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    Encoding and Representation of Information in Auditory Graphs: Descriptive Reports of Listener Strategies for Understanding Data
    (International Community for Auditory Display, 2008-06) Nees, Michael A. ; Walker, Bruce N.
    While a growing wealth of data have offered insights into the best practices for auditory display design and application, little is known about how listeners internally represent and use the information presented in auditory displays. At the conclusion of three separate studies, participants responded to an open-ended question about the strategies they used to perform auditory graphing tasks. We report a descriptive analysis of these qualitative responses. Participants' comments were coded by two raters along a number of dimensions that were chosen to represent a comprehensive set of encoding and task strategy possibilities. These descriptive analyses suggest that auditory graph listeners use a variety of strategies to cognitively represent the data in the display. Furthermore, these qualitative data offer a number of insights and questions for future research on information representation for auditory displays.
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    Individual Differences and the Field of Auditory Display: Past Research, A Present Study, and an Agenda for the Future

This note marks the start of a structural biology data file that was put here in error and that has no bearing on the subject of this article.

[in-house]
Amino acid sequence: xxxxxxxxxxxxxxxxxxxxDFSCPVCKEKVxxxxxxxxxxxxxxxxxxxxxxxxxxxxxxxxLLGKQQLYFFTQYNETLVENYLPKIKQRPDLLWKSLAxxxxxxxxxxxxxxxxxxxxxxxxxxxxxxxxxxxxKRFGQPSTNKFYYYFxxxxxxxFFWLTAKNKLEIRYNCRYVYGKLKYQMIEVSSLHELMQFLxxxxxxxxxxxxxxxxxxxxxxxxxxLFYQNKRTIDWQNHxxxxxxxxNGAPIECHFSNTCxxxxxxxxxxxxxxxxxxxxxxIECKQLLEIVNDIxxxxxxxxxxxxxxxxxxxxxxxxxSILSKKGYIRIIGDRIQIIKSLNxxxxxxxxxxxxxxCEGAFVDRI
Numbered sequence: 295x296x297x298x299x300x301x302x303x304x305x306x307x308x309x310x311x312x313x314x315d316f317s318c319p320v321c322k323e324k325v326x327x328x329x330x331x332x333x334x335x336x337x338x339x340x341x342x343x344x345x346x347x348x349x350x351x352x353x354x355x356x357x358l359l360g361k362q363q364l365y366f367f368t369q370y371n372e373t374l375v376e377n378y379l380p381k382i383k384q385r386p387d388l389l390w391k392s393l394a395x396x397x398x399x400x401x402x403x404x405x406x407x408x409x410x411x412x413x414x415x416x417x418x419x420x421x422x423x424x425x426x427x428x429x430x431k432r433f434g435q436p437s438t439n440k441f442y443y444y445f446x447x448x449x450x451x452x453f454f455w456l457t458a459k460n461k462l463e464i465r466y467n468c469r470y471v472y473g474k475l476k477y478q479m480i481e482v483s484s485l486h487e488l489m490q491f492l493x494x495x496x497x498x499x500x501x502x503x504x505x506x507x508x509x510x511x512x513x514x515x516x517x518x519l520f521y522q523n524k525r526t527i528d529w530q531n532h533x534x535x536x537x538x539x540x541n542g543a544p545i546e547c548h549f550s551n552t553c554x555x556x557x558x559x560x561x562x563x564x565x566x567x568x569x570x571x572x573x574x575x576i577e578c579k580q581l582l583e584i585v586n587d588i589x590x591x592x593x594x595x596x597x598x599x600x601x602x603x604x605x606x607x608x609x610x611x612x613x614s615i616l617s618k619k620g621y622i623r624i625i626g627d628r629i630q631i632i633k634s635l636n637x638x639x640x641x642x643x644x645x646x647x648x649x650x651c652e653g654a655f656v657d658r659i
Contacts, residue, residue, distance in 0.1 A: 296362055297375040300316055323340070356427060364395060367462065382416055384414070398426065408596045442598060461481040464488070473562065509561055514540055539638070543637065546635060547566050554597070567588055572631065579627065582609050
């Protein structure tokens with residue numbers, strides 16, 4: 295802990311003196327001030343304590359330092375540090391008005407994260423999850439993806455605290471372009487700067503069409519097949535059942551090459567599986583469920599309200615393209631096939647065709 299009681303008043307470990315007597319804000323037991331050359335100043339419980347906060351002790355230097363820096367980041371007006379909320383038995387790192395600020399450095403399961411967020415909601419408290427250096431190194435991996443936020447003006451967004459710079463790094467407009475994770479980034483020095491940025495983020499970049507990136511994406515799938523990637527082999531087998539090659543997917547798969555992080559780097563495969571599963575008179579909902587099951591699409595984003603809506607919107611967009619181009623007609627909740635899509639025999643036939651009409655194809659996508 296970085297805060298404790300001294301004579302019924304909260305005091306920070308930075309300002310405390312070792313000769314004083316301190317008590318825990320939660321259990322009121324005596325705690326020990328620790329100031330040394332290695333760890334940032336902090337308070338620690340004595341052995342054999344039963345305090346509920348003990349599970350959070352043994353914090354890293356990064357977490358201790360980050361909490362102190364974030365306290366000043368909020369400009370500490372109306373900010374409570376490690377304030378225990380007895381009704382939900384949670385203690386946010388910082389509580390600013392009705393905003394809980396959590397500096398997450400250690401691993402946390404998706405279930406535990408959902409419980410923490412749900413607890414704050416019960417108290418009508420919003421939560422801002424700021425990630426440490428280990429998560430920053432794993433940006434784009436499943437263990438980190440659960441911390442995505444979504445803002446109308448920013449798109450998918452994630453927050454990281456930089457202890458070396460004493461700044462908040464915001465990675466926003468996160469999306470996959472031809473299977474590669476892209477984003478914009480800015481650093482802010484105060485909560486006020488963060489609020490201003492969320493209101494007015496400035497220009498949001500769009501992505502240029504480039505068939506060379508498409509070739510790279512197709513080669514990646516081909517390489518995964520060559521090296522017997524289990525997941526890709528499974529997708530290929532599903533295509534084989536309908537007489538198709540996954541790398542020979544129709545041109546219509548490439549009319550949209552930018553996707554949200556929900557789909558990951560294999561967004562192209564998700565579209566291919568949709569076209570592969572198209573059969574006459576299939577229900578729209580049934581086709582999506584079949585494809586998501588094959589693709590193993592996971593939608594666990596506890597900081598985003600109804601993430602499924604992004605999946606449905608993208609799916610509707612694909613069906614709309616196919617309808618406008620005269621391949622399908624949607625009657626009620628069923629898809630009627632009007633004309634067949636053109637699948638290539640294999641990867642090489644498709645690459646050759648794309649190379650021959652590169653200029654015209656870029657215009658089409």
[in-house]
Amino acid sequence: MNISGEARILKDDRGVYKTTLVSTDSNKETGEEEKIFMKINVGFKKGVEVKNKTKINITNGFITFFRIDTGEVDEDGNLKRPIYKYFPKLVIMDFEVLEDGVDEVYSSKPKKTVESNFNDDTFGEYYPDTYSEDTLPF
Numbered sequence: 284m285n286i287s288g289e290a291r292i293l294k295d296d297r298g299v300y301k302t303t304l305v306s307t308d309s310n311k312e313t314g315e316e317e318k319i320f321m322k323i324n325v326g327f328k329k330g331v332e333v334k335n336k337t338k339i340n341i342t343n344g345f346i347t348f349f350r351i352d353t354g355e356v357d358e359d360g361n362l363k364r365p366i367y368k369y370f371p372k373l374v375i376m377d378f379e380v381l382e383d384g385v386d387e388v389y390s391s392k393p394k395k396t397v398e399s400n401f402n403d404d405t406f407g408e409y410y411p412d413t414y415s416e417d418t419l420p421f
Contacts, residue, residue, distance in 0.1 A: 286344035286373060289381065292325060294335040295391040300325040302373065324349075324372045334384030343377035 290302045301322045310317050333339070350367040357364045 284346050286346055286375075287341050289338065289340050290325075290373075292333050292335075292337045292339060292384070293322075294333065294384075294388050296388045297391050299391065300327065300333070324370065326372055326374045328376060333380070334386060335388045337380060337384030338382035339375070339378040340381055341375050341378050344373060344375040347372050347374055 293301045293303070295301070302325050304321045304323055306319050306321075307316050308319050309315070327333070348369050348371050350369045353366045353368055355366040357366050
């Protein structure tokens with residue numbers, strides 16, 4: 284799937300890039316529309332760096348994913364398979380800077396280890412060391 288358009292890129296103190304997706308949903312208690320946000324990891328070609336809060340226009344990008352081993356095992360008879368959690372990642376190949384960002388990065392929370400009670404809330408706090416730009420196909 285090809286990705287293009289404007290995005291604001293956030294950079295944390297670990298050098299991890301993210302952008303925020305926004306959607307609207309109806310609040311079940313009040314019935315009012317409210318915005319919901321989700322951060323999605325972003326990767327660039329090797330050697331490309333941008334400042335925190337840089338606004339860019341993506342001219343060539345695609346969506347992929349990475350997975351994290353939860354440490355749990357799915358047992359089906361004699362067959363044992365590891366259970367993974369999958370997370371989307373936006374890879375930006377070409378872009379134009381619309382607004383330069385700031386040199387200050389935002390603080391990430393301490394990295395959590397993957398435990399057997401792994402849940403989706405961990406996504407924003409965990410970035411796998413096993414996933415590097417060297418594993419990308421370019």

(Georgia Institute of Technology, 2007-06) Mauney, Lisa M. ; Walker, Bruce N.
    There has been some interest in the study of individual differences in the field of auditory displays, but we argue that there is a much greater potential than has been realized, to date. Relevant types of individual differences that may be applicable to interpreting auditory information include perceptual abilities, cognitive abilities, musical abilities, and learning styles. There are many measures of these individual differences available; however, they have not been thoroughly utilized in the auditory display arena. We discuss several types of individual differences relevant to auditory displays. We then present some examples of past research, along with the results of a current investigation of individual differences in auditory displays. Finally, we propose an agenda as to what research and tests should be used to further study this area.
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    Learning Rates for Auditory Menus Enhanced with Spearcons Versus Earcons
    (Georgia Institute of Technology, 2007-06) Palladino, Dianne K. ; Walker, Bruce N.
    Increasing the usability of menus on small electronic devices is essential due to their increasing proliferation and decreasing physical sizes in the marketplace. Auditory menus are being studied as an enhancement to the menus on these devices. This study compared the learning rates for earcons (hierarchical representations of menu locations using musical tones) and spearcons (compressed speech) as potential candidates for auditory menu enhancement. We found that spearcons outperformed earcons significantly in rate of learning. We also found evidence that spearcon comprehension was enhanced by a brief training cycle, and that participants considered the process of learning spearcons much easier than the same process using earcons. Since the efficiency of learning and the perceived ease of use of auditory menus will increase the likelihood they are embraced by those who need them, this paper presents compelling evidence that spearcons may be the superior choice for such applications.
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    Sonification Sandbox Reconstruction: Software Standard for Auditory Graphs
    (Georgia Institute of Technology, 2007-06) Davison, Benjamin K. ; Walker, Bruce N.